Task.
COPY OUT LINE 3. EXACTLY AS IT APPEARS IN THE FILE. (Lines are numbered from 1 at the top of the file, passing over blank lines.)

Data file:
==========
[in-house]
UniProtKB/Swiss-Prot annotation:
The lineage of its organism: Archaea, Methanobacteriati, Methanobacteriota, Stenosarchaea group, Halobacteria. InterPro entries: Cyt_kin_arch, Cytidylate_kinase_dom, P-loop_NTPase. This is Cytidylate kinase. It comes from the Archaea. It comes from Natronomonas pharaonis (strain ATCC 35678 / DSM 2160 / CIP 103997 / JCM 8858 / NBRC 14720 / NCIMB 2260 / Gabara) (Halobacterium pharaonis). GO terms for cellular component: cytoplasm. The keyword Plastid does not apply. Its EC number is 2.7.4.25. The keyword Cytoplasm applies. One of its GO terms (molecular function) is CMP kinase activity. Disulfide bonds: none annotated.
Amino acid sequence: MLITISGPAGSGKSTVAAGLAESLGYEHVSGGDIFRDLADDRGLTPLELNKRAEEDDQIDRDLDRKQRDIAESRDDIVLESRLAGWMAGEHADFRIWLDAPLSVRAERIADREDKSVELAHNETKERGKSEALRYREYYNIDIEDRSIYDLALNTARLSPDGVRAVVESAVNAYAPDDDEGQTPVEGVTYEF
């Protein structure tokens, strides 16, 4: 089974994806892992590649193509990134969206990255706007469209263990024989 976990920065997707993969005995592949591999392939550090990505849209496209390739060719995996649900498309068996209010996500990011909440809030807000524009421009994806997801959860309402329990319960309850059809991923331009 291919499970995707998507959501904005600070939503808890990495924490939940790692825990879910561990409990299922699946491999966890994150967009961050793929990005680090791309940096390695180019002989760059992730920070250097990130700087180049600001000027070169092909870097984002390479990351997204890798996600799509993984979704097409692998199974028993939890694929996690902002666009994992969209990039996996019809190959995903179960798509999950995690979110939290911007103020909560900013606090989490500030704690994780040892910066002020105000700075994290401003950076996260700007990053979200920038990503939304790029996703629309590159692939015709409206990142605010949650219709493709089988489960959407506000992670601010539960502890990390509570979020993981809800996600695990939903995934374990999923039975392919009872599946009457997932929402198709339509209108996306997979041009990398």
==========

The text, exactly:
The lineage of its organism: Archaea, Methanobacteriati, Methanobacteriota, Stenosarchaea group, Halobacteria. InterPro entries: Cyt_kin_arch, Cytidylate_kinase_dom, P-loop_NTPase. This is Cytidylate kinase. It comes from the Archaea. It comes from Natronomonas pharaonis (strain ATCC 35678 / DSM 2160 / CIP 103997 / JCM 8858 / NBRC 14720 / NCIMB 2260 / Gabara) (Halobacterium pharaonis). GO terms for cellular component: cytoplasm. The keyword Plastid does not apply. Its EC number is 2.7.4.25. The keyword Cytoplasm applies. One of its GO terms (molecular function) is CMP kinase activity. Disulfide bonds: none annotated.